Hubble Space Telescope B and I images are presented of 32 galaxies with secure redshifts in the range 0.5 < z < 1.2 from the Canada-France Redshift Survey, a complete sample of galaxies with 17.5 <= IAB <= 22.5. These galaxies exhibit the same range of morphological types as seen locally, i.e., ellipticals, spirals, and irregulars. The galaxies look far less regular in the B images (rest-frame ultraviolet) than at longer wavelengths, underlining the fact that optical images of galaxies at still higher redshift should be interpreted with caution. Quantitative analyses of the galaxies yield disk sizes, bulge fractions, and colors for each component. At these redshifts, galaxy disks show clear evidence for surface brightness evolution. The mean rest-frame central surface brightness of the disks of normal late-type galaxies is mu AB(B) = 20.2 +/- 0.25 mag arcsec-2, about 1.2 mag brighter than the Freeman law for nearby galaxies. Some degree of peculiarity/asymmetry is measurable in 10 (30%) of the galaxies, and four (13%) show clear signs of interaction/mergers. There are nine galaxies (30%) dominated by blue compact components. These components, which appear to be related to star formation, occur most often in peculiar/asymmetric galaxies (some of which appear to be interacting), but a few are in otherwise normal galaxies. Thus, of the galaxies bluer than present-day Sb, one-third are "blue nucleated galaxies" and half are late-type galaxies with disks which are significantly brighter than normal galaxies at z = 0. Taken together, these two effects must be responsible for much of the observed evolution of the luminosity function of blue galaxies.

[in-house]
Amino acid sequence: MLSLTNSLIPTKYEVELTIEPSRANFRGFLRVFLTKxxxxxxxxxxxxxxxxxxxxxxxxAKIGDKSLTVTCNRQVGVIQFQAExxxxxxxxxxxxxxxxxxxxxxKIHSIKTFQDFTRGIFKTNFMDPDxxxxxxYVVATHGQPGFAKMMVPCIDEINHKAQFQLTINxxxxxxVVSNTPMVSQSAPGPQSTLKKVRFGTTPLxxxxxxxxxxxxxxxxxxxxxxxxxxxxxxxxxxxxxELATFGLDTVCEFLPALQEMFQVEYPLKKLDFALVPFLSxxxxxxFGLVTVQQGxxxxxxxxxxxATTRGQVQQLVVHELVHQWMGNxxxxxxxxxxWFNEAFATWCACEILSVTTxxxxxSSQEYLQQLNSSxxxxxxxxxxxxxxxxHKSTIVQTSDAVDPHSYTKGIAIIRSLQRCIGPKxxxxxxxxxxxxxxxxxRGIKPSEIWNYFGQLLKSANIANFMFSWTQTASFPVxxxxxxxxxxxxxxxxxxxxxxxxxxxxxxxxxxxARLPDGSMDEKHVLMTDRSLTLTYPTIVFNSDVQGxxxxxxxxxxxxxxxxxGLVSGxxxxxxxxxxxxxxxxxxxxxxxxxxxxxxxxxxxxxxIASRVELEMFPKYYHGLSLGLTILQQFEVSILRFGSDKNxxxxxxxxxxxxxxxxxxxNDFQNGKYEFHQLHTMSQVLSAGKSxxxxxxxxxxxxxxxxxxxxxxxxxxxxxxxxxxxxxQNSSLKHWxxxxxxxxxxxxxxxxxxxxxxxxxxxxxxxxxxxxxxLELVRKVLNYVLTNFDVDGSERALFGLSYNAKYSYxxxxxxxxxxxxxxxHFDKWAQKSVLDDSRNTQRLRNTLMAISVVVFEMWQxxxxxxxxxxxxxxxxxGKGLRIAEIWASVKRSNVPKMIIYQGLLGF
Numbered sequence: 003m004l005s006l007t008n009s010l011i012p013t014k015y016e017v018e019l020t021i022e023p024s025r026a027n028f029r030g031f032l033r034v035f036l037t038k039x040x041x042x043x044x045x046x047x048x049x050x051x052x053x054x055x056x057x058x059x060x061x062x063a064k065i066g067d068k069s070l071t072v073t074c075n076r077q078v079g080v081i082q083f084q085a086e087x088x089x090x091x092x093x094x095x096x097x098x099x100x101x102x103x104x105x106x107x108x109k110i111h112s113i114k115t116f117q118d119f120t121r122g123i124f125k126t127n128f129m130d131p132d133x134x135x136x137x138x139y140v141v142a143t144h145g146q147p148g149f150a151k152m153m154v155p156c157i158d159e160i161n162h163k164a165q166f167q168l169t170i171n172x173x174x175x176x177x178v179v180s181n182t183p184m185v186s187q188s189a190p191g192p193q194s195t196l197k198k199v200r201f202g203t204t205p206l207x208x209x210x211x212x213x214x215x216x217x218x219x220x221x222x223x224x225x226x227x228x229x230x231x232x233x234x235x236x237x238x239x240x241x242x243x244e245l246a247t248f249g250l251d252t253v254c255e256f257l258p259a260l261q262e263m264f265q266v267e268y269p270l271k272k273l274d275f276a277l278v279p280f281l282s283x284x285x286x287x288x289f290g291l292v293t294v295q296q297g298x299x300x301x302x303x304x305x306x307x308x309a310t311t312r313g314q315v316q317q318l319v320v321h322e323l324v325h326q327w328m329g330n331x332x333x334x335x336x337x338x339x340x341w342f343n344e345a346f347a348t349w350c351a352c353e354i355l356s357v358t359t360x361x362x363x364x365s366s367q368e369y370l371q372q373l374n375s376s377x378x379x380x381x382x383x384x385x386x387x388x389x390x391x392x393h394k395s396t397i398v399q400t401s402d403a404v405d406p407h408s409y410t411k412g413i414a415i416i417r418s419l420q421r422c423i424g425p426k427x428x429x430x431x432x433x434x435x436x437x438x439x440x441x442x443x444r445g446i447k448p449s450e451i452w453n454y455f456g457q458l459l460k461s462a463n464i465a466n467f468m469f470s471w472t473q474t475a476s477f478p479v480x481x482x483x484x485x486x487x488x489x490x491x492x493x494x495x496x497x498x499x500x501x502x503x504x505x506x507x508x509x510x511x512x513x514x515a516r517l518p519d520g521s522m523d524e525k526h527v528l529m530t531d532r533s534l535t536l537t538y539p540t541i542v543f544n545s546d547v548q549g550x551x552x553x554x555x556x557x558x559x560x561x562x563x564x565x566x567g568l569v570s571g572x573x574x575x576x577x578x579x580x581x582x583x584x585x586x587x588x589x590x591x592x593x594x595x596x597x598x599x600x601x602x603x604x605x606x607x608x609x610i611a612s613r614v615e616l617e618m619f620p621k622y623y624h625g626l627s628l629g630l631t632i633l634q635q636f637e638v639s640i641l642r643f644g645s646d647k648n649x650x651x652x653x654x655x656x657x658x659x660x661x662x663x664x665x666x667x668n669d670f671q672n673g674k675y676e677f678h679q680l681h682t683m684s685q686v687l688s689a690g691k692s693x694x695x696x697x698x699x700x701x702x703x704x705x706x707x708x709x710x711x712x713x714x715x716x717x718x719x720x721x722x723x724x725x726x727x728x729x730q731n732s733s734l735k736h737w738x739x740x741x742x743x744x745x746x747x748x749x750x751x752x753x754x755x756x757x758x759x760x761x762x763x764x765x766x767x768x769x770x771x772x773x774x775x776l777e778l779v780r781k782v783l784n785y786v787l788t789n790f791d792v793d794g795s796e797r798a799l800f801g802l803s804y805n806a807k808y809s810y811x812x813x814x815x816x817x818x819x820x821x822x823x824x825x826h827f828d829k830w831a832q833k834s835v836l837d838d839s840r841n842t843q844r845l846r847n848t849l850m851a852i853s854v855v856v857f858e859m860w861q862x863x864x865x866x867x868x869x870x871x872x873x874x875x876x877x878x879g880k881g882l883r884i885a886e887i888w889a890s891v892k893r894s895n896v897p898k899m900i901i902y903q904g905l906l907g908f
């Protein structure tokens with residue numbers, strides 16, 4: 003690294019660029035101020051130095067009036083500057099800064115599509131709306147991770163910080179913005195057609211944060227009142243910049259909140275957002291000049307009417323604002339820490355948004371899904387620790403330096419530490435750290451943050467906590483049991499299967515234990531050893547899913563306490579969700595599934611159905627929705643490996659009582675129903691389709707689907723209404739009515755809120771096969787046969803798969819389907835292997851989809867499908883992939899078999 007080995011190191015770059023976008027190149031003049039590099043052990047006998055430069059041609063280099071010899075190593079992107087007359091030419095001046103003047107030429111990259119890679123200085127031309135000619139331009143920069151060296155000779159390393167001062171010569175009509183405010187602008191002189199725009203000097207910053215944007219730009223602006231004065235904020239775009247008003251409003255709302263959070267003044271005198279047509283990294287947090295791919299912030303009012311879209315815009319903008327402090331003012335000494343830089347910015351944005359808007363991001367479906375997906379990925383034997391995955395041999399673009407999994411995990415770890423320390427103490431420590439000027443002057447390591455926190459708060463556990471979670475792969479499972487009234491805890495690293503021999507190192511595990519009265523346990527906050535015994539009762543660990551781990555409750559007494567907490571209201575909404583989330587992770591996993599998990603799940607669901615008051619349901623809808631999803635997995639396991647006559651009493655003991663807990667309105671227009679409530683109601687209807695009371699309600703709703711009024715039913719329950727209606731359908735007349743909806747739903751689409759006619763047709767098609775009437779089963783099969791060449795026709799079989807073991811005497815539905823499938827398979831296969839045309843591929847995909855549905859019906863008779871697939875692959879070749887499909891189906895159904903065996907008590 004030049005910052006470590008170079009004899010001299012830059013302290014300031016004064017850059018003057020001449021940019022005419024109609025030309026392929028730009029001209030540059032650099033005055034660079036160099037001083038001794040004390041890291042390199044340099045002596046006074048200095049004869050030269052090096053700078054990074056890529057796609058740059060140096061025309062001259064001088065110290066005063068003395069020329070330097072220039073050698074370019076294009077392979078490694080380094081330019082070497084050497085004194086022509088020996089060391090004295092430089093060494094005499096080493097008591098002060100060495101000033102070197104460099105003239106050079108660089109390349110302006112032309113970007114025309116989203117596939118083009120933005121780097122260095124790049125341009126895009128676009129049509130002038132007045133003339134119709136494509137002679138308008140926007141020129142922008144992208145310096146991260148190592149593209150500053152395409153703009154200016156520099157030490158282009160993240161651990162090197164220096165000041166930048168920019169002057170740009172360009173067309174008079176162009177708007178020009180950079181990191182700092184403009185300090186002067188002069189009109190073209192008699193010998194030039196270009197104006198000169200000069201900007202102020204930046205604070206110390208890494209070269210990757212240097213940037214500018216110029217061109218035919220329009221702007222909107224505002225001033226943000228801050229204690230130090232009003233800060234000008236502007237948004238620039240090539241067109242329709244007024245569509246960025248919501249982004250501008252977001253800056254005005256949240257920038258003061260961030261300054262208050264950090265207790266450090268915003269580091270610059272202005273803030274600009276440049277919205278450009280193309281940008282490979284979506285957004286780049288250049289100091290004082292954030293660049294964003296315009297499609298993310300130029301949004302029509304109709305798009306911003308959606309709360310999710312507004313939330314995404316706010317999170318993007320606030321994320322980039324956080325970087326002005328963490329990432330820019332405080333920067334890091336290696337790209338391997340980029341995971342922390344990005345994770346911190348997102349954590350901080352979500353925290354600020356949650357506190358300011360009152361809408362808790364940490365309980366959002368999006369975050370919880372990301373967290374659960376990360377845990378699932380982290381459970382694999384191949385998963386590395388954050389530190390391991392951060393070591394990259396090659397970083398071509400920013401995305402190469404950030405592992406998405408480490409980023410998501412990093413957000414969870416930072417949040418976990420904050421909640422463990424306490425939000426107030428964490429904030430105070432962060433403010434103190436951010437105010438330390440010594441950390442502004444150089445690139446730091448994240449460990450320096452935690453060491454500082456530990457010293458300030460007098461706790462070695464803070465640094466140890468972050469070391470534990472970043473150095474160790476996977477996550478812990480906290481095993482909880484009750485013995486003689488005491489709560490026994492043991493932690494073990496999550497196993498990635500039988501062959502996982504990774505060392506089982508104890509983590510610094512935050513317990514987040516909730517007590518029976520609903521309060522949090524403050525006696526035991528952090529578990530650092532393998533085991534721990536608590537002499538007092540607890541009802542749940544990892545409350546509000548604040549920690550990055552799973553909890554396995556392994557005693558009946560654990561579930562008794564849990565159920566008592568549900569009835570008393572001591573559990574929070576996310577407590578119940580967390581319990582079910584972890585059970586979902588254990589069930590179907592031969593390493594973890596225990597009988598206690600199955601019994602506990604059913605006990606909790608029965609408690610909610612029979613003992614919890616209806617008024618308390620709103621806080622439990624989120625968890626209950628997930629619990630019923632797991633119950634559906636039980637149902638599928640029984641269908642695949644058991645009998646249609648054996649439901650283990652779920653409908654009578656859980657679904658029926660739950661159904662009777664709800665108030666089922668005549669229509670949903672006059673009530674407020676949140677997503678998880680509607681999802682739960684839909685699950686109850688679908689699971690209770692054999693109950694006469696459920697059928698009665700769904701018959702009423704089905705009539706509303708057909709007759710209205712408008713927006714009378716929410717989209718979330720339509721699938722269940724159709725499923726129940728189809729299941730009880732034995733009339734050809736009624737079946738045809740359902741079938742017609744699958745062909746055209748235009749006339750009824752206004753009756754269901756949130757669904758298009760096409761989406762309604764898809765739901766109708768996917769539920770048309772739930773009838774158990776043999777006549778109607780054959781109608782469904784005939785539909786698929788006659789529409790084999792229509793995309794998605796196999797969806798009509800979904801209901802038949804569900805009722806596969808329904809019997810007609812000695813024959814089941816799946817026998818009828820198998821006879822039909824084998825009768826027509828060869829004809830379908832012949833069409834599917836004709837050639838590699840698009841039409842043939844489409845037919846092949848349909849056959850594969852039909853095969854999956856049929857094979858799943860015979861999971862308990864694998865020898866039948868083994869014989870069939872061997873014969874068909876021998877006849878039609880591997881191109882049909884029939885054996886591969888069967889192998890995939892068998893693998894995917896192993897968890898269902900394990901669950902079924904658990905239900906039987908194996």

The Astrophysical Journal
- Pub Date:
- September 1995
- GALAXIES: EVOLUTION;
- GALAXIES: FUNDAMENTAL PARAMETERS;
- uuencoded compressed postscript, 8 pages, 1 table + 5 figures in a separate part. Also available at http://www.astro.utoronto.ca/~lilly/CFRS/ . Accepted for publication in ApJ Letters